Senators: Libby slated to receive more than $500,000 in new funding bill
Baucus, Tester Say Bill Will Boost School Funding and Help Folks with Asbestos Related Disease
(Washington, D.C.) Montana’s U.S. Senators Max Baucus and Jon Tester announced today more than $500,000 for the Libby School District and the Center for Asbestos Related Disease. The $571,000 is included in an upcoming appropriations bill.
The FY2009 Omnibus Appropriations bill will combine several spending bills that were not completed last year.
“These dollars are great news for Libby,” Baucus said. “This is about making sure our kids are safe in their schools, and about making sure the folks in Libby get the medical care they need and deserve.”
“This is important funding for folks in Libby,” said Tester. “Resources for health care and education will go a long way in Libby, and I will always use my seat on the Appropriations Committee to do what’s right for people who live there.”
The FY2009 Omnibus Appropriations bill contains:
$381,000 The Libby School District
$190,000 The Center for Asbestos Related Disease
The academic funding for the Libby School District will help pay for program expenses. The district is saving money to build a new elementary school after asbestos was found in the walls of Asa Wood Elementary.
Libby’s, Center for Asbestos Related Disease, or CARD, provides care for 2,300 patients that are affected by asbestos related disease or have been diagnosed with the complex Libby Amphibole Asbestos Disease. In addition to providing medical care, CARD conducts research and works with governmental agencies in an effort to find effective treatments for asbestos related diseases.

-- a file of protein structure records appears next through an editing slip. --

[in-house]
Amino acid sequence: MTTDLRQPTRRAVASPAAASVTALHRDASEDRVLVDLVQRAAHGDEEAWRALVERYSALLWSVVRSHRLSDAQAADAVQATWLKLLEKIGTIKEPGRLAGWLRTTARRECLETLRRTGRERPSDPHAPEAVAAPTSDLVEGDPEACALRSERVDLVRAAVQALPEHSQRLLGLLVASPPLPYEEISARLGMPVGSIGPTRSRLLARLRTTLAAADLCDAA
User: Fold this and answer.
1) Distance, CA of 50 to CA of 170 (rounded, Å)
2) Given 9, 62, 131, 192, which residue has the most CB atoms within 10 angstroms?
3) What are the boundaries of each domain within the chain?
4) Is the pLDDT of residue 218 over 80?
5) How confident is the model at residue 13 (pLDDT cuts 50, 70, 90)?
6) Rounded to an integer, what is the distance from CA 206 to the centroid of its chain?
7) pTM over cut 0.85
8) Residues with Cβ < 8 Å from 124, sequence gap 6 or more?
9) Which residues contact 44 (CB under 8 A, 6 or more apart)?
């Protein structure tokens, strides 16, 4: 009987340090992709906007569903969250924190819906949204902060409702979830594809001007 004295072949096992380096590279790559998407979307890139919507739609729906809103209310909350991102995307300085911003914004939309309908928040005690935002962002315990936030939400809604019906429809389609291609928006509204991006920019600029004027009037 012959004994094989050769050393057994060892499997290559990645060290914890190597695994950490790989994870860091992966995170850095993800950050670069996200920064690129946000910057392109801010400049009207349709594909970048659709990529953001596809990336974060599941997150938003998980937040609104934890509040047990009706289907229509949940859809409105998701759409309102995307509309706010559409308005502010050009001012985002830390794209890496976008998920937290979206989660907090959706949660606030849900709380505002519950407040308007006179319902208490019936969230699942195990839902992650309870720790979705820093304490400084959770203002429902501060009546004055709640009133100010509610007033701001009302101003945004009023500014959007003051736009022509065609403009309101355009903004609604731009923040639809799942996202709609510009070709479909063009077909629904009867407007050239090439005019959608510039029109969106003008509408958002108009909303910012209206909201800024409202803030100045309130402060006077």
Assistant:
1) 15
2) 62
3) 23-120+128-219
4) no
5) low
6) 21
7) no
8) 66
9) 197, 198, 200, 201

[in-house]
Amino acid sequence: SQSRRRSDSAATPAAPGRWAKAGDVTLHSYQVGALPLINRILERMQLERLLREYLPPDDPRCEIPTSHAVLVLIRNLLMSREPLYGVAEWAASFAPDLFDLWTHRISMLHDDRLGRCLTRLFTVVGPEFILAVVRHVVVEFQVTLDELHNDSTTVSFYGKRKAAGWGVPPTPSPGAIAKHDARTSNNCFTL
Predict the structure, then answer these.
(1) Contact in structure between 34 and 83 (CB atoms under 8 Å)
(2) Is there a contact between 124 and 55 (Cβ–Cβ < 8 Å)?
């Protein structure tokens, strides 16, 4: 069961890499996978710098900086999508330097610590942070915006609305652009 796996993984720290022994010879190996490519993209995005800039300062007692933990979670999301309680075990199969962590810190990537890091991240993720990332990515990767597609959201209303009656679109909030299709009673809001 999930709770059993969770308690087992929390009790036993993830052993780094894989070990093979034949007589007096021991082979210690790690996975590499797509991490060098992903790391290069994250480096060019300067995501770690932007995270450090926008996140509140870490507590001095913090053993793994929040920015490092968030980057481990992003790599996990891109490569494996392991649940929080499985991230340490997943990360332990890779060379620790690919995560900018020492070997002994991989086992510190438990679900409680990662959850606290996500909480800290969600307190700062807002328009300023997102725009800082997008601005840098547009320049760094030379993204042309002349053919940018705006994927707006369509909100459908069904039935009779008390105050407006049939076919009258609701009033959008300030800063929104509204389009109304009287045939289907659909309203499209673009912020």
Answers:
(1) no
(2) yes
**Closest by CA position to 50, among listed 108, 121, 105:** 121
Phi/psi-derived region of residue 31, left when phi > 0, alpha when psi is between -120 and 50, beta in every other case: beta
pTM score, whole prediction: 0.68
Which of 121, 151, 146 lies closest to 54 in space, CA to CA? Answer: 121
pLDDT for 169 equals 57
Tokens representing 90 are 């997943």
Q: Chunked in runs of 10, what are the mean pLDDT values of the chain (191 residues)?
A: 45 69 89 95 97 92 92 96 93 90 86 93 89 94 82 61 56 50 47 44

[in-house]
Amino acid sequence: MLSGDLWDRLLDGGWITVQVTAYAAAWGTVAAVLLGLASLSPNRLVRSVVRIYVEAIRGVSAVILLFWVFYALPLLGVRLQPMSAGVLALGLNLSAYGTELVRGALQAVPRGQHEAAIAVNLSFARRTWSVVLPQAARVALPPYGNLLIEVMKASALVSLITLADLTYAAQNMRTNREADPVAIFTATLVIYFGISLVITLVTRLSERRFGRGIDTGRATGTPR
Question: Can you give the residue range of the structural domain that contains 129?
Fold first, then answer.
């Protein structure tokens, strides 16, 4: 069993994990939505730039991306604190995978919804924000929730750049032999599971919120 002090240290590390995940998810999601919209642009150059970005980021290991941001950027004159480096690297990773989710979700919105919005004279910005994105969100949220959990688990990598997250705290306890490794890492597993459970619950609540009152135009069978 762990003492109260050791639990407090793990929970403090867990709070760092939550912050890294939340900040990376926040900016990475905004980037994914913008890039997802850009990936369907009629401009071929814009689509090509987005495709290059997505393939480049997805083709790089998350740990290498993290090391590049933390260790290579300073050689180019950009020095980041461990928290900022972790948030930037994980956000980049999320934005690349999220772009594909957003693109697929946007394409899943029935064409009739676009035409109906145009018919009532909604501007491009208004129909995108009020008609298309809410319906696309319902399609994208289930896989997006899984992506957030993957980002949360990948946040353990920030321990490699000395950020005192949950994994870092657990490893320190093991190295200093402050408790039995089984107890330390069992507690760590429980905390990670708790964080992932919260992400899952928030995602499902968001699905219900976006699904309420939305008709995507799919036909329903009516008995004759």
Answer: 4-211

The bill will bring a total of more than $77 million to Montana for projects ranging from highway construction to wastewater treatment to housing assistance. The bill will be voted on in the House of Representatives this week, and then be voted on in the Senate early next week. The bill is expected to pass both the House and the Senate.
The Omnibus Appropriations Bill being considered by Congress this week is separate from the more than $600 million headed for Montana through the Jobs Bill- which President Obama signed into law earlier this month. This appropriations money is part of the regular spending plan that Congress passes each year to help fund important programs. In contrast, the Jobs Bill is a one time package focused on tax cuts and investments in projects that will create good paying jobs and boost the nation’s economy.